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[vc_row][vc_column][vc_custom_heading text=”” use_theme_fonts=”yes”][vc_single_image image=”99597″ img_size=”full” add_caption=”yes” alignment=”center”][vc_column_text]07/10/2018 Washington D.C. (International Christian Concern) – The judicial system is contributing to the unequal treatment of Christians in Zanzibar. The island of Zanzibar is a popular tourist destination, famous for its exotic spices, rich cultural, political, and social history, and beautiful historic sites. However, the rich history of Tanzania’s semi-autonomous Zanzibar archipelago has concealed Christian persecution for decades. The domination of the Islamic elite and primarily Muslim population has led to religious discrimination against Christians by treating them as second-class citizens.

According to Simon*, a pastor of one of the fastest growing churches in Zanzibar, the conflict between Muslims and Christians goes unnoticed and is rarely covered by local media.

He told International Christian Concern (ICC), “It is crystal clear that the rise of Christianity in Zanzibar has attracted hostility and discrimination, issues that the international community knows too little or nothing about. It’s true Zanzibar is known for tourism and spices, but the truth of the matter is that the Christian body has been persecuted for so long.”

An Islamist group called ‘Uamsho’ (Swahili for “awakening”) has been calling for the secession of Zanzibar from Tanzania and thereafter the introduction of Islamic laws. This sociopolitical move has led to the deprivation of Christians’ right to worship, right to own property, and freedom of expression.

In 2017, a court in Zanzibar ruled that Pastor Amos Kanula should not continue with the construction of his church and ordered him to vacate the plot of land that he legally acquired in 2004.

Pastor Amos decried, “Our legal pursuit to retain the ownership of the church compound has been halted by the Islam-influenced judicial ruling. We fear that the unfinished church building will be demolished anytime and a mosque will be constructed.”[/vc_column_text][vc_custom_heading text=”“It is crystal clear that the rise of Christianity in Zanzibar has attracted hostility and discrimination, issues that the international community knows too little or nothing about.”” font_container=”tag:h5|text_align:left” use_theme_fonts=”yes” css=”.vc_custom_1531231156781{margin-top: 50px !important;margin-bottom: 60px !important;padding-right: 20px !important;padding-left: 20px !important;}”][vc_column_text css=”.vc_custom_1531231088459{margin-bottom: 0px !important;}”]

On May 6, 2018, police stormed in during the Sunday service and arrested the pastor for holding a Sunday service. Pastor Daniel Kwilemba and the church members of Pentecostal Evangelistic Fellowship of Africa (PEFA) began to panic as they witnessed an undercover policeman approach the pulpit, grab the microphone, and drag the pastor away into a police car.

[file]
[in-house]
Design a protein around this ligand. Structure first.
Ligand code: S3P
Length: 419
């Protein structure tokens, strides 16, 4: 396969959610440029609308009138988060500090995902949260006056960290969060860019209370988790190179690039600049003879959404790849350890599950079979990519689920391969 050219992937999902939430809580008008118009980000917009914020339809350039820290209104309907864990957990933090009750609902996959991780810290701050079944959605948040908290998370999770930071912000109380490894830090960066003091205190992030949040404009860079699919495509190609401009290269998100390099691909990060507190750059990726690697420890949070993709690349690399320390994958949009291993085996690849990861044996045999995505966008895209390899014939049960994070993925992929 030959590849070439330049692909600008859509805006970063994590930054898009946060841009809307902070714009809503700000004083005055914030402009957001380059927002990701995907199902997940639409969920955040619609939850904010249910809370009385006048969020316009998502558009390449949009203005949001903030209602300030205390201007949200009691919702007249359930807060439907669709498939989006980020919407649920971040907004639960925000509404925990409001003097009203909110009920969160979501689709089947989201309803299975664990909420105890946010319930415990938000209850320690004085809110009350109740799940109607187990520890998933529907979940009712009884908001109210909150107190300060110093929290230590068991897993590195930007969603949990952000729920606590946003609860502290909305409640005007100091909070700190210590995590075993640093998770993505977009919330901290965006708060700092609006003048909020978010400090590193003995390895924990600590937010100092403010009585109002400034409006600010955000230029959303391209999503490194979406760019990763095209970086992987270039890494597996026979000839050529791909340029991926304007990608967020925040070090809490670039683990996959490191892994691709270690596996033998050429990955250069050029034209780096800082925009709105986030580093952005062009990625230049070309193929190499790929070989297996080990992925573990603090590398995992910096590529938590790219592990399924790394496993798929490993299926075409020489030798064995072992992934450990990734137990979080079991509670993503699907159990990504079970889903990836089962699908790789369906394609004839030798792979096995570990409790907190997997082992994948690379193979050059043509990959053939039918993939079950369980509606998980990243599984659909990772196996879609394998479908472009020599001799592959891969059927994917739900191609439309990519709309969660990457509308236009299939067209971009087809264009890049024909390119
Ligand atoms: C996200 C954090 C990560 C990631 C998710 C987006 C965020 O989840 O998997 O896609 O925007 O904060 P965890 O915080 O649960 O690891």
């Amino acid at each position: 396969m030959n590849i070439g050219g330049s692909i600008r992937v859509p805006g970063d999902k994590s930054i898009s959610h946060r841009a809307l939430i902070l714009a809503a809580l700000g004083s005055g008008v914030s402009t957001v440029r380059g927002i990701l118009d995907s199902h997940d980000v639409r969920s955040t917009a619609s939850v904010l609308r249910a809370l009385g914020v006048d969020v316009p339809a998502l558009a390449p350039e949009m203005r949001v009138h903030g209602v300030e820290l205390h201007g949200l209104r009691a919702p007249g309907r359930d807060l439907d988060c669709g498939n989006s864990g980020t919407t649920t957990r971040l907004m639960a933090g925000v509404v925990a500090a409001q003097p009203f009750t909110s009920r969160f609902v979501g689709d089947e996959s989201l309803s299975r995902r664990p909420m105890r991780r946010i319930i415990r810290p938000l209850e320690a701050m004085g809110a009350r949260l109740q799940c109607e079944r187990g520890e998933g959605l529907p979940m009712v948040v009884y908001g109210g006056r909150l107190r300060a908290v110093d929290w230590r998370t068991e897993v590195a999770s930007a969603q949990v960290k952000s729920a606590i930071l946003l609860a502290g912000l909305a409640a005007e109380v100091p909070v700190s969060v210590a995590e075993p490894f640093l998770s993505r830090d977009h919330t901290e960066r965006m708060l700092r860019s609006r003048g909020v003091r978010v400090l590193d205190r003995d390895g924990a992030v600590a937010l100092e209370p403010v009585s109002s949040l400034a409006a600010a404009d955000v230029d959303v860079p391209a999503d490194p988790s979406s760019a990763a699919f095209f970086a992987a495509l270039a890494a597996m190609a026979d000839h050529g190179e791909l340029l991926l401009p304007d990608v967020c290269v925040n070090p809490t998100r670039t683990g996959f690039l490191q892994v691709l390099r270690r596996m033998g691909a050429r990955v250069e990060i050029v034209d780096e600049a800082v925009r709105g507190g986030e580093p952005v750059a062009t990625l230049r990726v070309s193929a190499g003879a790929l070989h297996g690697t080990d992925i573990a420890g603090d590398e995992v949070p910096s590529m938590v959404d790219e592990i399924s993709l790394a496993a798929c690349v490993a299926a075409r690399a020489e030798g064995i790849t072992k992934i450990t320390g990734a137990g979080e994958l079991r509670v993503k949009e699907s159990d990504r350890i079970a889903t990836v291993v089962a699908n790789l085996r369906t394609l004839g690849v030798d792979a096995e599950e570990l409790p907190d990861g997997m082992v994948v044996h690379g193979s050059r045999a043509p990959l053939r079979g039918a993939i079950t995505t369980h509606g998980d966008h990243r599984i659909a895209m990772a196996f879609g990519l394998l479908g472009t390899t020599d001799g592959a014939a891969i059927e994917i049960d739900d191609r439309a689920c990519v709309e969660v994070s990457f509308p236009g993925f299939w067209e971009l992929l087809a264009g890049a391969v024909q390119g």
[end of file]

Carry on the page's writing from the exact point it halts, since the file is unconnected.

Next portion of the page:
Pastor Daniel Kwilemba recalled, “The strange man entered through the back door and without introducing himself first to our deacons, he walked straight to the front, interrupted the sermon, and arrested me. I was forced to cut short the sermon. I knew he had been sent to harass our church. Outside were several armed police officers and several cars which they used to take me and some elders to the police station.”

During the arrest, the officer in charge assaulted the pastor’s daughter who was demanding to know the reason for her father’s arrest. She was also taken to the police station where they were held for four hours.

The pastor’s daughter, Winfreda, said, “I was acting within my rights and I did not rub the officer the wrong way. He knew they lacked constitutional support to arrest my father and, because he could not answer, he resorted to slapping me [and subsequently arresting me as well].”

This kind of pressure remains the reality under which many Christians in Zanzibar live. The 99% Muslim population has complete control of all positions of power and are using them to try to end Christianity in the country. Despite this, the Church continues to grow. We pray alongside those in Zanzibar, that true freedom of religion and worship would be allowed for all citizens.

*Name withheld for security.

For interviews with Nathan Johnson, Regional Manager, please contact Olivia Miller, Communications Coordinator: [email protected]